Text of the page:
Receiving a deferral after applying for Early Decision (ED) or Early Action (EA) can be an unexpected turn in your college application journey. It’s natural to feel disappointed and uncertain about what steps to take next. However, note that the deferral isn’t a rejection; it simply means the admission committee needs more time to review your application in comparison to the regular decision pool.

Here are some constructive ways to navigate this situation:

1. Acknowledge Emotions: It’s natural to feel disheartened. Allow your student time and space to process these emotions. Encourage them to share their feelings with a trusted friend, family member, or mentor who can provide support and perspective during this time.

2. Understand the Deferral: Read the deferral letter carefully to determine next steps. Follow the directions. If the college asks you to fill out a form, do so in a timely, thoughtful way. If the college requests first semester grades, make sure they are sent. If a college specifically states not to send additional information, don’t send anything. Reach out to the admissions office if you have any questions about the deferral process.

3. Write a Strong Deferral Letter and/or Send Additional Materials: Some colleges allow deferred applicants to submit a letter reaffirming their interest and updating the admissions committee about recent achievements or any developments since the initial application. Students should craft a concise and genuine letter emphasizing their continued enthusiasm for the school and why they believe it would be the perfect match for them. Add any updates on meaningful accomplishments, such as improved grades, new achievements, new leadership positions, updated test scores, or even an interesting project being worked on in or out of school. Keep the tone positive; do not mention being frustrated or disappointed. Write no more than one page. Need help writing this email? Call International College Counselors.

4. Send in 1-2 Strong and Relevant Additional Recommendations: If the college will accept them, consider asking a coach, organization leader, or employer who can add new information to the student’s file. Look for someone who can add something new to the application. The best recommendations spotlight a student’s unique qualities and how they will use those qualities to contribute to the campus community.

5. Stay Positive and Engaged: Being deferred means that the college saw something good and promising in your application. Continue excelling academically and engaging in your extracurricular activities. Colleges appreciate students who show resilience and commitment despite setbacks. Keep pursuing your passions and interests.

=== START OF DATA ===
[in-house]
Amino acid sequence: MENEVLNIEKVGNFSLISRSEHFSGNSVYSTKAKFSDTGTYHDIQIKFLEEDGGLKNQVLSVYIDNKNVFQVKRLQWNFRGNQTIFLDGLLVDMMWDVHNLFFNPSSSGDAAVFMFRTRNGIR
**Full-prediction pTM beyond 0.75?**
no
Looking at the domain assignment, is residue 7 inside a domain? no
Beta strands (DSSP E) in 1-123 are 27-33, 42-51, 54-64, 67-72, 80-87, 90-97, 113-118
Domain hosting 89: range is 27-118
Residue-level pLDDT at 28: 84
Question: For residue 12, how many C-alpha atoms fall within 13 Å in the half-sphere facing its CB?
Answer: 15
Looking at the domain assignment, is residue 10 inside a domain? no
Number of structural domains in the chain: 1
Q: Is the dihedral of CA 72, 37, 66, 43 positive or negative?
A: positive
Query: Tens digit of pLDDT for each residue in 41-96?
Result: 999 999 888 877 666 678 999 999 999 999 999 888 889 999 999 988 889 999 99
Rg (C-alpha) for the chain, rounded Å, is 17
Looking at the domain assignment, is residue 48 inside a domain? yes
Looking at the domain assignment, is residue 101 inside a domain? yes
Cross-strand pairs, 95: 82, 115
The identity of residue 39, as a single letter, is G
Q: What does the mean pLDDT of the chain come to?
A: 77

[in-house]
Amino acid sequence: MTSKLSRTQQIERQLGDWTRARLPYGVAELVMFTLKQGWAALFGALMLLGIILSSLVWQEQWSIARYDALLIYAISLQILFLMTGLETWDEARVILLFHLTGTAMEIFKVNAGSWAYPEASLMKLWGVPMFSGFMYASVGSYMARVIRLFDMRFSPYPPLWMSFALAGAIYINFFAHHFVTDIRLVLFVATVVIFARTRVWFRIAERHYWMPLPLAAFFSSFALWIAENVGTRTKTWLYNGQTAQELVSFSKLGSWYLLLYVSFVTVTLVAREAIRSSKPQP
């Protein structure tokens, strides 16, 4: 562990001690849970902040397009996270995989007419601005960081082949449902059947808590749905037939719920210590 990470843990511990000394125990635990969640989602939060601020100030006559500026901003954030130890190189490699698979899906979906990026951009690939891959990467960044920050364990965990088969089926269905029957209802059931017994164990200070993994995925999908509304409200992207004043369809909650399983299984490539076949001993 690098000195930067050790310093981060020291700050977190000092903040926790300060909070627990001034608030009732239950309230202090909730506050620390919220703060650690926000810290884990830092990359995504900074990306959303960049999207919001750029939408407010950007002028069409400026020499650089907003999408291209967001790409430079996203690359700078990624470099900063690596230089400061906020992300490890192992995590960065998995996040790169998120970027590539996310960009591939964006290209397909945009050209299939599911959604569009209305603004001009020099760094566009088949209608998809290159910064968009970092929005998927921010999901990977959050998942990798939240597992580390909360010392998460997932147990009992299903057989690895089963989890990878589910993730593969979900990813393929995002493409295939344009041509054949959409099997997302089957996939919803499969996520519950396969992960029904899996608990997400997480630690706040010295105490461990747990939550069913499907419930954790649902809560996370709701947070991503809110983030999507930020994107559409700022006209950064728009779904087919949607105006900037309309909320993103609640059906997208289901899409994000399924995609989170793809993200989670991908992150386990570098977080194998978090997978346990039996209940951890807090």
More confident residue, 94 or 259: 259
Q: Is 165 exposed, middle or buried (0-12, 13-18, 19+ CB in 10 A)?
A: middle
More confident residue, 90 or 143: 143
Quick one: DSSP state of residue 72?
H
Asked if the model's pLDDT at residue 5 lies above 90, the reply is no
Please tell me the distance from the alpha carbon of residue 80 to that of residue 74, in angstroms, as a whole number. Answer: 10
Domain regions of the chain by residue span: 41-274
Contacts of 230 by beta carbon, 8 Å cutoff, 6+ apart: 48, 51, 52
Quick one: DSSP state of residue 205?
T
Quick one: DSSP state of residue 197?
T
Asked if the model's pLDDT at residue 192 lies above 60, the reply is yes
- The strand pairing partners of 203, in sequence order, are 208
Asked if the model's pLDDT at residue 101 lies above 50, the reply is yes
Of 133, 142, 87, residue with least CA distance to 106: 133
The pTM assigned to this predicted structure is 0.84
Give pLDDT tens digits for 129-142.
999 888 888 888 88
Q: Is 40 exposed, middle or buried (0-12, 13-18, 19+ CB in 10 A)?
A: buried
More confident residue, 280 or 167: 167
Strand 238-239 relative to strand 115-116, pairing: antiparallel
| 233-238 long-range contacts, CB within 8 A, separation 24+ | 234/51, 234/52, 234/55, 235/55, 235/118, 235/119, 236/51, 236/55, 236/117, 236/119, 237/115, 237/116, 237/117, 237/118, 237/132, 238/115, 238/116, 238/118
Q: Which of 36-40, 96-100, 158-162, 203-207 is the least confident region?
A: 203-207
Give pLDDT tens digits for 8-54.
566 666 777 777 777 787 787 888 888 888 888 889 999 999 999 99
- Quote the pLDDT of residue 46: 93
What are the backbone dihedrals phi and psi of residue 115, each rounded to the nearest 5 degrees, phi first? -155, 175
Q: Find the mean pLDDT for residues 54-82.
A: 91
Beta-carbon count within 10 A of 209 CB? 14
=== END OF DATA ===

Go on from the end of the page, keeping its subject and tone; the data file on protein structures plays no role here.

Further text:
6. Consider the Options: While waiting for the Regular Decision results, explore other colleges you’re interested in. Research and apply to a range of schools that align with your academic and personal preferences. Keep in mind the regular application deadlines.

7. Meet with an Expert Advisor From International College Counselors: For the best chances of acceptance, even with an Early Action/ Early Decision deferral, work with a dedicated and experienced team! Get help with essays, application reviews, and comprehensive plans.

8. Stay Flexible: Remember that a deferral doesn’t define your future. Keep an open mind about other potential colleges or universities that might be a great fit for you.

Being deferred doesn’t diminish a student’s worth or potential. Sometimes, it’s just a matter of timing or competition. Students need to stay focused, remain positive, and be proud of their accomplishments. The college admission process is simply one chapter in a life story, and there are numerous paths leading to success and fulfillment.

INTERNATIONAL COLLEGE COUNSELORS TIP: When communicating with colleges, be polite, concise, professional, positive, and enthusiastic. Communication should always come from the student and not the parent.

WRITING HELP FROM EDIT THE WORK: Submit stellar admissions essays and/or deferral letters. Get one-on-one help from our sister company Edit the Work. Essays can make the difference between an acceptance, a deferral, or a denial. Email aimee@editthework.com or call 917-969-8664.

International College Counselors

No matter where your family is in the college admissions process, International College Counselors can help you with every aspect, including adding to the college list, honing college applications, writing admissions essays, and managing college transfers. Call us at 954-414-9986 to discuss how we can support you and your family!

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